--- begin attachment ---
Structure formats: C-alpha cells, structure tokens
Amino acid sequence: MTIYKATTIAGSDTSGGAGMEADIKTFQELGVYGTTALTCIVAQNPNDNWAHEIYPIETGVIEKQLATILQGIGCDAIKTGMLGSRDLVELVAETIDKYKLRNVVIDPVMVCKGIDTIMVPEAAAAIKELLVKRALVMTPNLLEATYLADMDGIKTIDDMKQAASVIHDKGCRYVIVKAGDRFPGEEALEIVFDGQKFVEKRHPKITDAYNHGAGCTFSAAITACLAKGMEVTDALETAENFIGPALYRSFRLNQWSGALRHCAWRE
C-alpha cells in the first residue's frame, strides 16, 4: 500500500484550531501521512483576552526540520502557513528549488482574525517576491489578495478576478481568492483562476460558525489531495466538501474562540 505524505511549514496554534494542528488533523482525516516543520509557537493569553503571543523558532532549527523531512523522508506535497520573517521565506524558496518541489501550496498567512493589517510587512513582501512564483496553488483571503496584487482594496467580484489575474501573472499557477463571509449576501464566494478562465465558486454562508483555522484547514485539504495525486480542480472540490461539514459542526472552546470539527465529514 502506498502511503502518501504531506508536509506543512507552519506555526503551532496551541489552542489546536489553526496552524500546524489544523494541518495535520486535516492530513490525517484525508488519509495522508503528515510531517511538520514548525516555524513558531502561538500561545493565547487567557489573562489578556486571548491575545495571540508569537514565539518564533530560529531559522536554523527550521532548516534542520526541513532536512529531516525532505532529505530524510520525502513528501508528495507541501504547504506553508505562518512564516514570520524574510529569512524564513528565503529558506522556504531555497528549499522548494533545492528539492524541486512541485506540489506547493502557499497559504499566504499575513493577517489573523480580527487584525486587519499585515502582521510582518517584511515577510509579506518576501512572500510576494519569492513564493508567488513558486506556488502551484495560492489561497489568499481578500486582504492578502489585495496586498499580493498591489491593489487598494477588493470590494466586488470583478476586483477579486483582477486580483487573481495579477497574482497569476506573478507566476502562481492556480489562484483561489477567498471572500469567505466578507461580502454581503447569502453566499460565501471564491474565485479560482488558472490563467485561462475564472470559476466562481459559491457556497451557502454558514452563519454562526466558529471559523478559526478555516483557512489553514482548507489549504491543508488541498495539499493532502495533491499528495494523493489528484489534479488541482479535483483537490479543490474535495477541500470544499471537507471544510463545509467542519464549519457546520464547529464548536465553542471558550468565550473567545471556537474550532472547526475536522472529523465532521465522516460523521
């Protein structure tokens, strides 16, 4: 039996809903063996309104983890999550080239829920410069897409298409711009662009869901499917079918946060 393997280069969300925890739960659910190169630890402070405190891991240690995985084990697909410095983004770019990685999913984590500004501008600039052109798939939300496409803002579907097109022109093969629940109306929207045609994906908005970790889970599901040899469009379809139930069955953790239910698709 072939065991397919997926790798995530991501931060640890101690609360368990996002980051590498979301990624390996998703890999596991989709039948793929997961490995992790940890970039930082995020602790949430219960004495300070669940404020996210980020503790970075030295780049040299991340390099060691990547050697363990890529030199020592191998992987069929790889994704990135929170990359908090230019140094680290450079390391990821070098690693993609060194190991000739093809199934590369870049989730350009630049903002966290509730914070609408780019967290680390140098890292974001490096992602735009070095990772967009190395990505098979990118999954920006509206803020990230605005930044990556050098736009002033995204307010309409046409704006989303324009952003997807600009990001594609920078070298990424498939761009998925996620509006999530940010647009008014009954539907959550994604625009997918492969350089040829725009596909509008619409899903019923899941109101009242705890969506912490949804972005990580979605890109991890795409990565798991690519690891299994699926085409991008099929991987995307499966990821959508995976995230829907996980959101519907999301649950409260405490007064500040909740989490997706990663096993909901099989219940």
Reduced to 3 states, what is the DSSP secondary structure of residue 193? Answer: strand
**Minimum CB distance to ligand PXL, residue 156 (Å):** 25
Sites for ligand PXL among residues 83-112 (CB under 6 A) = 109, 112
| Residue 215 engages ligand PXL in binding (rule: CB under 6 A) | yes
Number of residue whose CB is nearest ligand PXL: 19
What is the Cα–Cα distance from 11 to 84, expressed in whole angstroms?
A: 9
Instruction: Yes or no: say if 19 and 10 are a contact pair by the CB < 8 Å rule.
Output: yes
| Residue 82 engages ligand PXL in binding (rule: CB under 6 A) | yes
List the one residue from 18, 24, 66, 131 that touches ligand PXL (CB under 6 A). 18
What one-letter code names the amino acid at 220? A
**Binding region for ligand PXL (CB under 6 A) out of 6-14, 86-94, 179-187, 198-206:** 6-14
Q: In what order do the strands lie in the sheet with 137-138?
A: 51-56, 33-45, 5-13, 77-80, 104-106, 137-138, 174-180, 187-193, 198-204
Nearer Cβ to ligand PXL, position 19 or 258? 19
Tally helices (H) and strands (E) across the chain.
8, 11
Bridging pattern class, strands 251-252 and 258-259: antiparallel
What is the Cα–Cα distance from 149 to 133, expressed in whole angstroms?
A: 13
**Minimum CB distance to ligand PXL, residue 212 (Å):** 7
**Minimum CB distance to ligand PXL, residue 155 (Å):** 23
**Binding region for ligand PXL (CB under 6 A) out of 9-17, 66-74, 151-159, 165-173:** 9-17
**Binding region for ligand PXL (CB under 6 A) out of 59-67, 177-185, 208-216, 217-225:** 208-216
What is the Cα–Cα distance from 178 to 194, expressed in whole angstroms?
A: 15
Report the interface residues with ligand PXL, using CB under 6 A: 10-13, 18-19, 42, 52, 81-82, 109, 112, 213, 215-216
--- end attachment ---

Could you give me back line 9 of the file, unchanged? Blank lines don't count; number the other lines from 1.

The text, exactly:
Number of residue whose CB is nearest ligand PXL: 19